Years ago, I asked my now late Uncle Gary for a little information on my Grandfather's time in the service during WWII. I knew he had seen some combat, and was even injured, but that was about all I knew. I asked Uncle Gary (a veteran of the Navy himself) what he new about it, the following is the information I got from him. So you could say, this is Uncle Gary's (aka the Roving Beer Czar Correspondent) last posting on The Beer Czar. Here is what he told me.....
|A "Higgins" Boat, the type of|
boat my grandfather piloted
|USS Wm. P. Biddle|
In the spring of 1942 his ship, the USS Wm. P. Biddle (APA – 8) was in the Chesapeake Bay area helping to school soldiers and sailors in the finer points of amphibious warfare. It was during that time my grandfather was assigned to a PT boat and transported officers from other ships in Chesapeake Bay to Baltimore where the officers where engage in the planning of the invasion of North Africa (that took place Nov. 8).
During the invasion of North Africa, he made several (3 or 4 most likely) landings while under (at times heavy) fire in Fadala (Mohammedia), Morocco (just east of Casablanca). The only injury he sustained was a small splinter that lodged in his lip after a shell exploded close to his boat on return to his ship after one landing. During that invasion, another APA called the "Tasker Bliss" was sunk by a German sub just off the Fedala coast and my grandfather’s ship as well as a few others were pulled out of the area. So, for a day, my grandfather was stuck on shore in Casablanca and under the command of the Army (that's tough for a Navy man!).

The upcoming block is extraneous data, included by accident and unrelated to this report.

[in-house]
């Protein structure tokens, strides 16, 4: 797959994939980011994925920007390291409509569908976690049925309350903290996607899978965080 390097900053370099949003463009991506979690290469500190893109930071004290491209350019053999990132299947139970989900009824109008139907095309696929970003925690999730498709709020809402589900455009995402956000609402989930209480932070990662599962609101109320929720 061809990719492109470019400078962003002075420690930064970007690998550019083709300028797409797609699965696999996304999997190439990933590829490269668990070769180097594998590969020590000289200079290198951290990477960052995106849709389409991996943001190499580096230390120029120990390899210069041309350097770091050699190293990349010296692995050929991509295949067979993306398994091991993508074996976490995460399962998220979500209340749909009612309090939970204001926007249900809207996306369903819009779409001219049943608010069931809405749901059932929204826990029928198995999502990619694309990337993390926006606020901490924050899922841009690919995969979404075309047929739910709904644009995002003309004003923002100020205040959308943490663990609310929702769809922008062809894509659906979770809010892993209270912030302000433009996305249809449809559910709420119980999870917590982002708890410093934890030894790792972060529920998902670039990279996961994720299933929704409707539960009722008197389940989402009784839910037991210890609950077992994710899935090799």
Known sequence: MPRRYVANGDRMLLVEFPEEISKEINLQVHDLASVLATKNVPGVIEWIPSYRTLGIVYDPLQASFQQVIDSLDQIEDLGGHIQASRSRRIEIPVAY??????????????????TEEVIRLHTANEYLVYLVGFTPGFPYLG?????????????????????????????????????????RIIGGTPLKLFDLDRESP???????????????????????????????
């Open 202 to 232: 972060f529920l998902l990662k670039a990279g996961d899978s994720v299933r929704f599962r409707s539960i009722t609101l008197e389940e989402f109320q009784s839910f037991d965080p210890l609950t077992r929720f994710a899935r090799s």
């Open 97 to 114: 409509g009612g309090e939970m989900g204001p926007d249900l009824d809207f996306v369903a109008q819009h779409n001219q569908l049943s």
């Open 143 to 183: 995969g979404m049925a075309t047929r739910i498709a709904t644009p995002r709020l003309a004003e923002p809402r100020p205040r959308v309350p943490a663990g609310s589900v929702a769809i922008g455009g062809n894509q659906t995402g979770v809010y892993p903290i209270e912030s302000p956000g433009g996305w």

According to "family legend", a few days, or maybe a week or two later, while back on shore after the hostilities ceased to gather items left on the beach by the invading soldiers to take back to his ship, he happened to walk up to an area where there was a lot of tanks and soldiers standing around listening to an officer who was, according to my grandfather "ranting and raving” while standing atop a tank. My grandfather said he tapped a young soldier on the shoulder and asked him “who's the dumb son of a bitch on the tank running his mouth?.” My grandfather said the kid looked back at him as if he had just insulted God himself, and replied “Why that there is General Patton Sir.”
After the invasion his ship returned to Norfolk where it picked up a bunch of Seabees for a quick delivery run to the South Pacific. We know he made that trip, but I understand that while in the South Pacific he sustained a fairly serious injury after unloading a bunch of soldiers, when backing his Higgins boat up, the boat’s rudder hit a submerged boat and caused the helm to turn violently, injuring him in the stomach (he still bore the scars of that injury up till the day he died). It was that injury that ultimately resulted in his discharge from the service (around August 1943 from what we can determine).
|This is the only photo I could find taken during the actual |
landing on Fadala.
Years after, when asked what bothered him more than anything else during the war, he would say it was that he dropped off so many young soldiers on the beaches that day at Fadala, and knowing that probably half of them would never survive the landing, or much longer after that.
My father added some info as well, that is kind of cool. One of the other 3 Coast Guardsmen on the Biddle was from Doylestown PA, the town my mother is from. The daughter of my grandfathers shipmate went to school with my mom. They knew each other well, and even had pictures of each from their time in the war. Small world indeed...
I just want to say thank you, to everyone who has, or is currently serving in the US Armed Forces, be it the Army, Navy, Air Force, Marines, or Coast Guard. We can't thank you enough.
Cheers to you all!
The Beer Czar